As you may have already read in Business Week’s 2009 Investment Outlook issue (dated 12/29-1/5), I highlighted the recently formed Anheuser-Busch InBev (AHBIF) as a potentially attractive bargain pick. Despite various other mergers failing to get done in the current credit environment, Belgium’s InBev paid $52 billion in cash to acquire Anheuser-Busch. Fearing that borrowing the money to get the deal done would prove overly aggressive, InBev’s stock simply cratered in the months leading up to the deal, and shortly after it was completed.

In addition to the plan to borrow the entire $52 billion, InBev’s plan to repay $10 billion of that loan right away via a rights offering proved much more ominous than once thought. With InBev’s stock price collapsing (the stock peaked at US$95 and fell all the way to US$14), the number of new shares needed to be sold to raise $10 billion of capital greatly increased. In fact, InBev sold about 1 billion new shares which was far greater than the 600 million shares outstanding before the buyout. All of the sudden, InBev shareholders were diluted by more than 60%, which was a main reason why the bottom fell out of the stock shortly after the buyout was completed.

While the dilution certainly was much more than anyone expected, the business prospects for the combined company have not really changed, which is at the heart of why I think there is a good chance they can actually pay back the loans successfully. Beer sales worldwide are not going to be dramatically affected by the global recession and lower commodity prices could even help boost margins as input costs decline.

Through the first nine months of 2008, Anheuser-Busch was on pace for annual EBITDA of about $3.9 billion, with InBev tacking on another 5 billion euros. That comes to nearly 7.5 billion euros of annual EBITDA before accounting for any cost synergies. Assuming the A-B portion could see an improvement in profitability due to cost cuts, there is reason to think the combined company could have annual EBITDA of more than 8 billion euros. To see how I get to that number, I have included the following chart:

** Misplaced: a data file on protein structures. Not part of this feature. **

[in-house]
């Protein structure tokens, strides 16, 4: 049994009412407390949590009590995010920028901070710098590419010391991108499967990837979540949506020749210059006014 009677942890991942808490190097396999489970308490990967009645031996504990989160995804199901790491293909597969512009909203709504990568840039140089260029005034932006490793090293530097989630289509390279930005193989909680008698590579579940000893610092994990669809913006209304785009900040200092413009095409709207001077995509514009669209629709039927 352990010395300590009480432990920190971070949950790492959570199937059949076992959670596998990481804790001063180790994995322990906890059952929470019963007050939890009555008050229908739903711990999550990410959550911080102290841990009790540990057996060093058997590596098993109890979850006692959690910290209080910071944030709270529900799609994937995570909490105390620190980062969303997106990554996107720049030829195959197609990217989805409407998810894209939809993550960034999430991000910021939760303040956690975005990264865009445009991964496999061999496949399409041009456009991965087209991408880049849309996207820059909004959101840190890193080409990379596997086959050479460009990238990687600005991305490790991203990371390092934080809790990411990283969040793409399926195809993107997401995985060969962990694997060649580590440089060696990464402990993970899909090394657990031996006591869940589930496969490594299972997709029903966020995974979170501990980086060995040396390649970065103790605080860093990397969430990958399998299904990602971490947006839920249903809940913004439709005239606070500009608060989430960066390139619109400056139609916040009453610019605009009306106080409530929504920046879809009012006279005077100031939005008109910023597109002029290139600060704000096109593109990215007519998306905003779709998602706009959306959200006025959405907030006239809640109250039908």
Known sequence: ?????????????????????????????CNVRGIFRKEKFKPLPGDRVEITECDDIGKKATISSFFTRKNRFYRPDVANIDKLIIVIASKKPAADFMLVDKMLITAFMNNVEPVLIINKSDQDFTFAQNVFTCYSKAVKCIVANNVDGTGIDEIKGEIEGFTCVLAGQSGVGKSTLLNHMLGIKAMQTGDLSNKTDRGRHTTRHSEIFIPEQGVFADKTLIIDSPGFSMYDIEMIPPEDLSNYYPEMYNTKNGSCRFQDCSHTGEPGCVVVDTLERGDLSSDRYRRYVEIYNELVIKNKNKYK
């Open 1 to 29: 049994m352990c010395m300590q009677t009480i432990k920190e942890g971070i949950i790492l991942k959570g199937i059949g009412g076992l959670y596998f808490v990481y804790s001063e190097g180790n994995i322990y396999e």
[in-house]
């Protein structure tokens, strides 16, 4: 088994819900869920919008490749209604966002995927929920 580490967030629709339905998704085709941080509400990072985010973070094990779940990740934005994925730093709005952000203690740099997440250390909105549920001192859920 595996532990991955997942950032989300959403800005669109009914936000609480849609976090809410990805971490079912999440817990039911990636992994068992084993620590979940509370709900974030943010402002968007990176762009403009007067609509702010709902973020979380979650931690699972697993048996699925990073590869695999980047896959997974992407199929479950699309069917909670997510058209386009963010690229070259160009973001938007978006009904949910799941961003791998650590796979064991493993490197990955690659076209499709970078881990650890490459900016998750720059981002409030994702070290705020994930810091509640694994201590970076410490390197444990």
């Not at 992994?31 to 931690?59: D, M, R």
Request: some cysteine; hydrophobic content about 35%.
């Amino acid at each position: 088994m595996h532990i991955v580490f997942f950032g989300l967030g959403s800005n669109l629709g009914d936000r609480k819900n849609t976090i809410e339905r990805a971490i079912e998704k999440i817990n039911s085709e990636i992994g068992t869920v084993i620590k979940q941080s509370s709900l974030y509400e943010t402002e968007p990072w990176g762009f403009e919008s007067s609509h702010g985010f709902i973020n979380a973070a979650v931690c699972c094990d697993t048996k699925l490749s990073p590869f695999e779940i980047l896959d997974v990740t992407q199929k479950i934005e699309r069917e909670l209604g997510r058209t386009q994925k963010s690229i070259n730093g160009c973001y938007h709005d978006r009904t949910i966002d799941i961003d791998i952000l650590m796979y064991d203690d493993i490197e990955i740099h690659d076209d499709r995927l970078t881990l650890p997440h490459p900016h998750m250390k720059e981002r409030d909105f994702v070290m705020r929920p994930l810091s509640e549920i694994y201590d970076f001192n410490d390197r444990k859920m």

Comparable large, dominant, global beverage brands fetch about 10 times cash flow in the public markets so an enterprise value of 80 billion euro is not an unreasonable valuation in my eyes. The catch, of course, is the tremendous debt load InBev took on to become the most dominant beer company in the world.

The companies had more than $7 billion in net debt before the transaction. Even after 20% of the $52 billion load is repaid with proceeds from the new stock sale, Anheuser-Busch InBev remains saddled with about 40 billion euro of net debt, which accounts for half of the projected enterprise value of the company. At the current point in time, that translates into a little more than $24 per AHBIF share. After rising from a low of $14 in recent weeks, the stock trades in the low 20’s already.

Is there any upside left then? Well, leverage works both ways. If you take on too much debt and your cash flow sinks, you might be left holding the bag. On the other hand, if your cash flow is strong, you can repay debt fairly quickly. There is no doubt that 40 billion euros of debt sounds like a huge number, but it is more reasonable if you are bringing in 8 billion euro of EBITDA annually.